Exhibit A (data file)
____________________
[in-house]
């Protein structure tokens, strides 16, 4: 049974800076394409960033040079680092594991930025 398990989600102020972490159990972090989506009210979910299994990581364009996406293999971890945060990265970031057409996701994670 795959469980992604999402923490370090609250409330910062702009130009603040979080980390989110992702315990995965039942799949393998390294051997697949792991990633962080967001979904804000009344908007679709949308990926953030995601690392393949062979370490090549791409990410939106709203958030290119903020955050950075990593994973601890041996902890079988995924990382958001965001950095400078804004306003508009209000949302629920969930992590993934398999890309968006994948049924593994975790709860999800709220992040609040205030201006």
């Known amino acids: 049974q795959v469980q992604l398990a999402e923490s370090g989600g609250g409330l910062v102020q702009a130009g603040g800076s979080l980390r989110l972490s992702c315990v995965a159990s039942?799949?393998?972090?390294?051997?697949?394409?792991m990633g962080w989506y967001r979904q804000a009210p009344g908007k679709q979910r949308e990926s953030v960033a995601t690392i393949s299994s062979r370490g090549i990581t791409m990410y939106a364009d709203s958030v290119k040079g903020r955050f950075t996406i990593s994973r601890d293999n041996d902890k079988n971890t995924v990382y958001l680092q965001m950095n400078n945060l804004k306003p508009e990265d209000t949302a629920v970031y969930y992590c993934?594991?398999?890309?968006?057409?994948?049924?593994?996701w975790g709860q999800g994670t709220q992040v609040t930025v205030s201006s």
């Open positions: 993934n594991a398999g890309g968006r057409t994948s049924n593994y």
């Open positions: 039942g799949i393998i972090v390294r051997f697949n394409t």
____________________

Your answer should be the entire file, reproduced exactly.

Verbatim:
[in-house]
């Protein structure tokens, strides 16, 4: 049974800076394409960033040079680092594991930025 398990989600102020972490159990972090989506009210979910299994990581364009996406293999971890945060990265970031057409996701994670 795959469980992604999402923490370090609250409330910062702009130009603040979080980390989110992702315990995965039942799949393998390294051997697949792991990633962080967001979904804000009344908007679709949308990926953030995601690392393949062979370490090549791409990410939106709203958030290119903020955050950075990593994973601890041996902890079988995924990382958001965001950095400078804004306003508009209000949302629920969930992590993934398999890309968006994948049924593994975790709860999800709220992040609040205030201006």
């Known amino acids: 049974q795959v469980q992604l398990a999402e923490s370090g989600g609250g409330l910062v102020q702009a130009g603040g800076s979080l980390r989110l972490s992702c315990v995965a159990s039942?799949?393998?972090?390294?051997?697949?394409?792991m990633g962080w989506y967001r979904q804000a009210p009344g908007k679709q979910r949308e990926s953030v960033a995601t690392i393949s299994s062979r370490g090549i990581t791409m990410y939106a364009d709203s958030v290119k040079g903020r955050f950075t996406i990593s994973r601890d293999n041996d902890k079988n971890t995924v990382y958001l680092q965001m950095n400078n945060l804004k306003p508009e990265d209000t949302a629920v970031y969930y992590c993934?594991?398999?890309?968006?057409?994948?049924?593994?996701w975790g709860q999800g994670t709220q992040v609040t930025v205030s201006s």
């Open positions: 993934n594991a398999g890309g968006r057409t994948s049924n593994y």
């Open positions: 039942g799949i393998i972090v390294r051997f697949n394409t």